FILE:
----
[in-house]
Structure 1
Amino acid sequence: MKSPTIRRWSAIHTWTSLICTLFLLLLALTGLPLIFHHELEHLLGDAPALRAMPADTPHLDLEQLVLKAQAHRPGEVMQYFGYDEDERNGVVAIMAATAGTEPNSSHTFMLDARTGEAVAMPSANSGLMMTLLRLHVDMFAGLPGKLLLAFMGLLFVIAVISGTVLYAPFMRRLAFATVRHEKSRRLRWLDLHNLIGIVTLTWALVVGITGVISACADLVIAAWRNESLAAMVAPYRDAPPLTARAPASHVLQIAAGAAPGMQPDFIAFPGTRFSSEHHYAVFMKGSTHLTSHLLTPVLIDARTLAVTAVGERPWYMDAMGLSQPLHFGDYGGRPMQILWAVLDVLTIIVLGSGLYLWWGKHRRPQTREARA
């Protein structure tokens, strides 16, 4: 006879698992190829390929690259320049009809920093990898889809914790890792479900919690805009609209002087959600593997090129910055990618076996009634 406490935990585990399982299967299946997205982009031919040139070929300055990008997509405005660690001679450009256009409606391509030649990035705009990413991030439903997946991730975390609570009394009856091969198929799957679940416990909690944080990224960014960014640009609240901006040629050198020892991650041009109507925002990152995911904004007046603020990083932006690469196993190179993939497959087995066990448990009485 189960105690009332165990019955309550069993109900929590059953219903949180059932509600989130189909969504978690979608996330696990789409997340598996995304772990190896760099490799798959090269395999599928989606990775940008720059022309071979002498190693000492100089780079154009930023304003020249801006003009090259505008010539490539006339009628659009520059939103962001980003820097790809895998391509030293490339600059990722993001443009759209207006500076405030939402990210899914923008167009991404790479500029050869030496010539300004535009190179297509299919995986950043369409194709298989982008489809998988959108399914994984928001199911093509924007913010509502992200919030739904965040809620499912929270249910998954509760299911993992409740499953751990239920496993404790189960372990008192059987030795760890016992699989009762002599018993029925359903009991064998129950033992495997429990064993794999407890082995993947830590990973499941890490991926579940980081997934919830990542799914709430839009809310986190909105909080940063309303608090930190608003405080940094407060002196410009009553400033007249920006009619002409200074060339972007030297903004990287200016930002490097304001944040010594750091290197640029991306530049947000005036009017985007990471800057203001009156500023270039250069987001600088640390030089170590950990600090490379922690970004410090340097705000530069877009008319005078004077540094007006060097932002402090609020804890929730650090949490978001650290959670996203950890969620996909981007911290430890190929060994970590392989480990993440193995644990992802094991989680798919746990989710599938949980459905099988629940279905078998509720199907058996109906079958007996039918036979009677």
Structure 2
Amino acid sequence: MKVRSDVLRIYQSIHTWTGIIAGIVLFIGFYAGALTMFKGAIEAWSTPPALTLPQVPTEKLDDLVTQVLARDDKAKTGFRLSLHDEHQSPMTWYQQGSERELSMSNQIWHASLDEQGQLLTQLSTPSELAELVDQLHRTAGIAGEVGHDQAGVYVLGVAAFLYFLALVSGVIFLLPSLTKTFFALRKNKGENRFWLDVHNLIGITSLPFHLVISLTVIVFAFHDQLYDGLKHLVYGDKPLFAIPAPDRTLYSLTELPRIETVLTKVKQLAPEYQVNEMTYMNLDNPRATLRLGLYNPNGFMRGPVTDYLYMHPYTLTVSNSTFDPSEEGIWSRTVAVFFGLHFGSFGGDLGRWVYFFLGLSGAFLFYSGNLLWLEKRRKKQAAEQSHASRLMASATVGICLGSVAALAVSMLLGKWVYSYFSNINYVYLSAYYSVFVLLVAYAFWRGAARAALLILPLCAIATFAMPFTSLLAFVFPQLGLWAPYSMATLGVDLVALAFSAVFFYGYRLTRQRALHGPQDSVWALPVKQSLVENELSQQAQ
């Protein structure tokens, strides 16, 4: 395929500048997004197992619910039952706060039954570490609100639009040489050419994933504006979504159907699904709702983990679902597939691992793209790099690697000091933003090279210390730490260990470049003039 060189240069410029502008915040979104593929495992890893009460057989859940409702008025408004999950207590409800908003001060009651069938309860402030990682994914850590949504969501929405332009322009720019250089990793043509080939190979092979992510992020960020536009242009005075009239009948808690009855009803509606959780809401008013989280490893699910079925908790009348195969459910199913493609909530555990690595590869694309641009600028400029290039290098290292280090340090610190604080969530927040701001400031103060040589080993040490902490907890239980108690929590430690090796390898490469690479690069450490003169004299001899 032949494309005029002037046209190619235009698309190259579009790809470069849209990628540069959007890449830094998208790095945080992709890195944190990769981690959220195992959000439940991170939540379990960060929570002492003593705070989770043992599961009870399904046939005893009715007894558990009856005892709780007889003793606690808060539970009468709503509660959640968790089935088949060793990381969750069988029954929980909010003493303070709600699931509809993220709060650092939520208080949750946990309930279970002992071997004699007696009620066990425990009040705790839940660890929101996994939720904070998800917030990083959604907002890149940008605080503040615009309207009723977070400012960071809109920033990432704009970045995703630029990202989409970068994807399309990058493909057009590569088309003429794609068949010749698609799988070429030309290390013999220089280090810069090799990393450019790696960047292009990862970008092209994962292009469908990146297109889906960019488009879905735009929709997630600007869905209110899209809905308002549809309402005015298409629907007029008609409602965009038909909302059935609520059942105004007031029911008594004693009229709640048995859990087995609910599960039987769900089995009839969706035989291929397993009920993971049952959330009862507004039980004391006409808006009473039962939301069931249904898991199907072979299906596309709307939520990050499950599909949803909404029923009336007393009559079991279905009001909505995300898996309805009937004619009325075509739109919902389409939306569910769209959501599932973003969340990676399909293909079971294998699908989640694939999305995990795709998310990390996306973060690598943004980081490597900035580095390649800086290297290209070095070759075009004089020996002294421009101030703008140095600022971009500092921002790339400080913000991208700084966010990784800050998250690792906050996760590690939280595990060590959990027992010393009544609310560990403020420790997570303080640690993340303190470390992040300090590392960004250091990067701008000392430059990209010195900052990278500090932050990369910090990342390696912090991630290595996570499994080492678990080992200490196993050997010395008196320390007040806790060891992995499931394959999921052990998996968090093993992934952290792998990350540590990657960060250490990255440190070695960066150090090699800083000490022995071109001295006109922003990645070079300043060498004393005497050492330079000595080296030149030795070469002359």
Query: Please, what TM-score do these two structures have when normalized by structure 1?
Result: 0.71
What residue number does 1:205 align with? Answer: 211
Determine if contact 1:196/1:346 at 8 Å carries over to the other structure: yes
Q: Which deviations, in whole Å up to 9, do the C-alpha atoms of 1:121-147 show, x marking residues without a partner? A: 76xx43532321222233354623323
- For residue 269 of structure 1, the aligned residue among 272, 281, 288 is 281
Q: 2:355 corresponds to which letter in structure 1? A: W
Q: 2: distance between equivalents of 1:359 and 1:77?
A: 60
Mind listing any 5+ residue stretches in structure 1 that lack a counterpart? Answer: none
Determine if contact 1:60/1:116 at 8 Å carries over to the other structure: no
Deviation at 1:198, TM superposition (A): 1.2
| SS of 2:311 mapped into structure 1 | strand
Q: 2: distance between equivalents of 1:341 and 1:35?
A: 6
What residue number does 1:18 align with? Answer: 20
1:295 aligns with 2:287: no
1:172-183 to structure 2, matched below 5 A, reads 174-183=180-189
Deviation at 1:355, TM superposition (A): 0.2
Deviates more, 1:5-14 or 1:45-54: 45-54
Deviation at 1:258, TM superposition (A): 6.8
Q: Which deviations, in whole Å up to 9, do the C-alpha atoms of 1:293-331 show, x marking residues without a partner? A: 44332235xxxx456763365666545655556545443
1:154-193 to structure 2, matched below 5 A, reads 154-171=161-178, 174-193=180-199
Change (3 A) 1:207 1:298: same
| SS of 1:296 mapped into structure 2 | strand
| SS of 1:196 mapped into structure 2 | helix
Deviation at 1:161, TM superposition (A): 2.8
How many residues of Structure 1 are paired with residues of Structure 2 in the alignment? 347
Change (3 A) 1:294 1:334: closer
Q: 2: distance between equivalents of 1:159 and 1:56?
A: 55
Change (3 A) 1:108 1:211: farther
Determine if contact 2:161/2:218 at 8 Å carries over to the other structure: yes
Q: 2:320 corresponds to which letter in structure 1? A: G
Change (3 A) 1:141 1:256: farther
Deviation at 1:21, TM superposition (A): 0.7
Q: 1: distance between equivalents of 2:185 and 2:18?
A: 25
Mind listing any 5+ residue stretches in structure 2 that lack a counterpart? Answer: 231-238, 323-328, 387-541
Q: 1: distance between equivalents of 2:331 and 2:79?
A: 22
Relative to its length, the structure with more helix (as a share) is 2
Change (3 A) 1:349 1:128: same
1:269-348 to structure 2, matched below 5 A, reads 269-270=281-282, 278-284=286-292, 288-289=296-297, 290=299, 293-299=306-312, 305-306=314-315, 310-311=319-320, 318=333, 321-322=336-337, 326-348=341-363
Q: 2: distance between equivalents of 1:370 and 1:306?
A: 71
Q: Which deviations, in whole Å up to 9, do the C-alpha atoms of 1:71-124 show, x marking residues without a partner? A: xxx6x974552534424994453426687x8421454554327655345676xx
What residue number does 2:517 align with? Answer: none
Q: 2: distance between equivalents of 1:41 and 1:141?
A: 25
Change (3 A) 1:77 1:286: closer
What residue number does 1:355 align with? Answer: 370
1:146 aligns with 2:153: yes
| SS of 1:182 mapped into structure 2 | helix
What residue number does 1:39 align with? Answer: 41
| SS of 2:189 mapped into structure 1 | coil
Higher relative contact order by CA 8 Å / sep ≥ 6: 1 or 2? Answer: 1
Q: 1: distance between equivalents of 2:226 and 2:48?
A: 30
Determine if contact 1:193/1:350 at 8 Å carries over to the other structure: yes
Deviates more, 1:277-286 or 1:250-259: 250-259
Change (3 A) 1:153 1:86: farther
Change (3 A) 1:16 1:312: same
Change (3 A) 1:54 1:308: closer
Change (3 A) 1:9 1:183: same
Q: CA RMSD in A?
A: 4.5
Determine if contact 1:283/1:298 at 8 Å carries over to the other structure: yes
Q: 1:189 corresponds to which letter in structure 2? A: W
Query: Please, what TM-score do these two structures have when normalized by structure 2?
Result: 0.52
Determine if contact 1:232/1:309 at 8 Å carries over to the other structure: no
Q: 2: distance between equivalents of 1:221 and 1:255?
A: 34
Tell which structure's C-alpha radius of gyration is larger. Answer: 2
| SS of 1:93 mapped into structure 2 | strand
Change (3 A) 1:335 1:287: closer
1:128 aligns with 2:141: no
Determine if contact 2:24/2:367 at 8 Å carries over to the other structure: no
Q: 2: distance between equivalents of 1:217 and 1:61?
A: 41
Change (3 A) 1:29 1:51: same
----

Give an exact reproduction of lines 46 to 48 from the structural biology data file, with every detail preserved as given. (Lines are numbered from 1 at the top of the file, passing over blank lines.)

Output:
Mind listing any 5+ residue stretches in structure 2 that lack a counterpart? Answer: 231-238, 323-328, 387-541
Q: 1: distance between equivalents of 2:331 and 2:79?
A: 22